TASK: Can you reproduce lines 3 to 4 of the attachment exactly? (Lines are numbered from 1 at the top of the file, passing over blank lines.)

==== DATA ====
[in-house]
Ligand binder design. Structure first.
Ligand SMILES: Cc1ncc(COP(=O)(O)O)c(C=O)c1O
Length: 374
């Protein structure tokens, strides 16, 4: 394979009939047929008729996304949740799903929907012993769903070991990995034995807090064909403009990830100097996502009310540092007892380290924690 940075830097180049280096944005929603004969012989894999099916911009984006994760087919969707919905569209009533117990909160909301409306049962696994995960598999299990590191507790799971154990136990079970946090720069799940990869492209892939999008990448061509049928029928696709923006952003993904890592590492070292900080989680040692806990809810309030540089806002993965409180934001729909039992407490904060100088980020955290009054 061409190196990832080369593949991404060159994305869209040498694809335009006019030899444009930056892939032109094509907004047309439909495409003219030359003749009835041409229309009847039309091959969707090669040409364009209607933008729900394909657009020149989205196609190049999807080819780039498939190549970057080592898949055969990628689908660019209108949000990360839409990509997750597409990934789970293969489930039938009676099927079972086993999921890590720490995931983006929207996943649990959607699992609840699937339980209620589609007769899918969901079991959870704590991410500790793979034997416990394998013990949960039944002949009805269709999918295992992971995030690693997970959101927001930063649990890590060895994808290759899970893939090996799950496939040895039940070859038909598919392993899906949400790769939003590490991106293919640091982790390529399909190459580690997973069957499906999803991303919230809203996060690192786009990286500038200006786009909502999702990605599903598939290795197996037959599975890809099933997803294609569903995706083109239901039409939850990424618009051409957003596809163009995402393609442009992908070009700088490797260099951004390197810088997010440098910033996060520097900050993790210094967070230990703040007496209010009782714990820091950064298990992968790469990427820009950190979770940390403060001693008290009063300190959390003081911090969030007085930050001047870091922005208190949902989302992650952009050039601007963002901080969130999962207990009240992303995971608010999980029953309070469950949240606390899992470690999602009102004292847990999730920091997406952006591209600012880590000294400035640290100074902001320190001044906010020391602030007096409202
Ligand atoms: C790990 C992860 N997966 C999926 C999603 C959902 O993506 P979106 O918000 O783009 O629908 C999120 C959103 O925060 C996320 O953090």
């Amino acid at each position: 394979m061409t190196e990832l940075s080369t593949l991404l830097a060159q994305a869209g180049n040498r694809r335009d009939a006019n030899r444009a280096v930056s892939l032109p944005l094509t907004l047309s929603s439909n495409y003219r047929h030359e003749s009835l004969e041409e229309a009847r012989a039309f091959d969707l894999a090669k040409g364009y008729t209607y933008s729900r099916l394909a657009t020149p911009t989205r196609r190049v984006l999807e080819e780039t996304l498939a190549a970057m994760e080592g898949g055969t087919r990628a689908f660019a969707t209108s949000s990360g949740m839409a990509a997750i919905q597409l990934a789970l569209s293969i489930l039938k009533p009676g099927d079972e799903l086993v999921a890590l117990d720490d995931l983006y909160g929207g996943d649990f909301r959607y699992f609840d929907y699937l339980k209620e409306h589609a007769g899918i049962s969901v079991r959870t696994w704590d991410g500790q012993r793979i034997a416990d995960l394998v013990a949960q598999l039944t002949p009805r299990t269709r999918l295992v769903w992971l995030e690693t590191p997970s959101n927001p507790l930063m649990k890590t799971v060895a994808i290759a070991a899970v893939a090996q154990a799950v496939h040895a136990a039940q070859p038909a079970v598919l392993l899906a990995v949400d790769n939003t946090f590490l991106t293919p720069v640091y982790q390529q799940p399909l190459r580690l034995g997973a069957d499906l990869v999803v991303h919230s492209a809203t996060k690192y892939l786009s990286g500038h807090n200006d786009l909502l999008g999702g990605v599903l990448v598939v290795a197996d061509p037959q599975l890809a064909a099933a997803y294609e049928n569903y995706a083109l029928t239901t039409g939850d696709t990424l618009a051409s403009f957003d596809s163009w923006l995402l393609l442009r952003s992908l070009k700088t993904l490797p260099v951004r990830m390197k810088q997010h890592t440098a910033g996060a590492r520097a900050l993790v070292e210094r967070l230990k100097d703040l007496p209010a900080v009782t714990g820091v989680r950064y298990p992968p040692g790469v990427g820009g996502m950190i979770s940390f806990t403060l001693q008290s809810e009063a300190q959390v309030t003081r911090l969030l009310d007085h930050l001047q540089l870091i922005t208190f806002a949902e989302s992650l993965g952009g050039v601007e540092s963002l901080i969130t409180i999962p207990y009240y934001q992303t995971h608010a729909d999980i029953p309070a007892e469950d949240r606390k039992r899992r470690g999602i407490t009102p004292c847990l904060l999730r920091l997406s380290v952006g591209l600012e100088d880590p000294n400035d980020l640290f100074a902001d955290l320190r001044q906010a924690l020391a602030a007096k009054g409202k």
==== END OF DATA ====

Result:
Ligand SMILES: Cc1ncc(COP(=O)(O)O)c(C=O)c1O
Length: 374